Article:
2. Start early.
The older the child gets, the more difficult it becomes to take her or him away from electronics and to teach them appreciate and enjoy non-highly-stimulating activities such as going on nature walks, playing board games, and listening to classical music.
It is difficult to stop the habits that have already developed. It is way easier to prevent them from developing in the first place.
Does your baby or young child need to watch that TV program? Does she or he really need to watch TV at all?
Are you sure you want to introduce them to electronic games? Or can you introduce them to board games that you can all enjoy as a family?
Do you cook a separate meal for a child, or do you cook a meal for the whole family, so that the child can gradually be introduced to a wide variety of foods?
Are you sure you really need to spend your weekends at an amusement park?
The earlier you start, the more natural and straightforward the process will be.
3. Don’t parent out of fear.
When I give those suggestions (and many other suggestions on different topics) to parents that come to my sessions, the frequent response is fear. Fear of the child being bored. Fear of tantrums. Fear of feeling bad about oneself as a parent. Fear of judgement. Fear of making a mistake.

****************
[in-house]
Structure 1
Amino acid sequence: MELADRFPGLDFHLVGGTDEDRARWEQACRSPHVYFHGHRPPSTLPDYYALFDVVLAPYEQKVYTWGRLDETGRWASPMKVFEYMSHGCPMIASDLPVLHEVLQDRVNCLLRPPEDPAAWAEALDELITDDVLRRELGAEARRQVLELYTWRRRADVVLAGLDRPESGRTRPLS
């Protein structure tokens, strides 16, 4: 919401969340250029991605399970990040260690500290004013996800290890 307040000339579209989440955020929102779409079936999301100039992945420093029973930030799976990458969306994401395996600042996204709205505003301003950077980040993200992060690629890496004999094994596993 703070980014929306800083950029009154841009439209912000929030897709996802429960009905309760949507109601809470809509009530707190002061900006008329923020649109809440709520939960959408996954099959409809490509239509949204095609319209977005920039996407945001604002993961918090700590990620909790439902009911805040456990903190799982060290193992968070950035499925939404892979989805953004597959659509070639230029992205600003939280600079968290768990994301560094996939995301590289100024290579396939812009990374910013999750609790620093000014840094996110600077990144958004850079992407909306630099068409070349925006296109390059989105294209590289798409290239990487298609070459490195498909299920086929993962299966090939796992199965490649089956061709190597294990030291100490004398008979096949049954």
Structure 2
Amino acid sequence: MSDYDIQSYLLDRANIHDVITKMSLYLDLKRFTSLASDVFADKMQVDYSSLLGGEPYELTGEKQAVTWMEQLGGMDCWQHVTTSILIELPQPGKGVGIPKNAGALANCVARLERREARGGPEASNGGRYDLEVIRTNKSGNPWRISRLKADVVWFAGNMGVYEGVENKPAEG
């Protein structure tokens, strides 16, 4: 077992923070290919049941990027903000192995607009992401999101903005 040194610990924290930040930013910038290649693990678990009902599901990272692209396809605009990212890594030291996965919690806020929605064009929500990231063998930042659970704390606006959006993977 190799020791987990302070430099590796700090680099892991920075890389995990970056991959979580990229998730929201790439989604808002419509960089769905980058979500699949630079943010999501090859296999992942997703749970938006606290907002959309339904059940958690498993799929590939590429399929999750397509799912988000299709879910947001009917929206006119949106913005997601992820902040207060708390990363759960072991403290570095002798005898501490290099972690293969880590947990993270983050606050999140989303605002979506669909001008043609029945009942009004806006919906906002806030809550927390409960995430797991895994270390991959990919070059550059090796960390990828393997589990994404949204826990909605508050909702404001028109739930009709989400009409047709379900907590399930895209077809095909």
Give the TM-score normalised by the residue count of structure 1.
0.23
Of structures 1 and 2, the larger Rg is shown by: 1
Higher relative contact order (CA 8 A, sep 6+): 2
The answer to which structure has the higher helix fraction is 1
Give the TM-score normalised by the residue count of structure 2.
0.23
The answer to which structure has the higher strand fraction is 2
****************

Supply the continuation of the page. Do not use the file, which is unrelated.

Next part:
Whatever you do – parenting out of fear does not work. Make a decision about what you consider to be in your child’s best interest right now, and stick to it. (And give yourself permission to reconsider – as long as it’s not out of fear).
4. Make it fun
Kids are very curious by nature and are usually happy to learn about new stuff (that is, if they are not glued to a screen, in which case, unfortunately, you’ve got a tough competition).
Travelling is such an amazing educational opportunity – whether it’s travelling to another country, camping, or a hike at a beautiful location an hour away from home.
Talk about your upcoming trip beforehand:
- Let them study and draw the maps
- Take lots of library books and let the child read to prepare
- Explore history, architecture, culture, and cuisine.
- Watch videos of the country or city you will be visiting
- Practice words and phrases in a different language if you are traveling abroad.
- Hold trivia contests about your destination at dinner time.
- Assign the child a task that she or he will be responsible for during the trip. An older kid could be the official family photographer. A younger kid may be responsible for making sure there is always enough bottled water to carry along. Every kid can carry his or her own backpack with snacks, drinks, and notes that they prepared for the trip.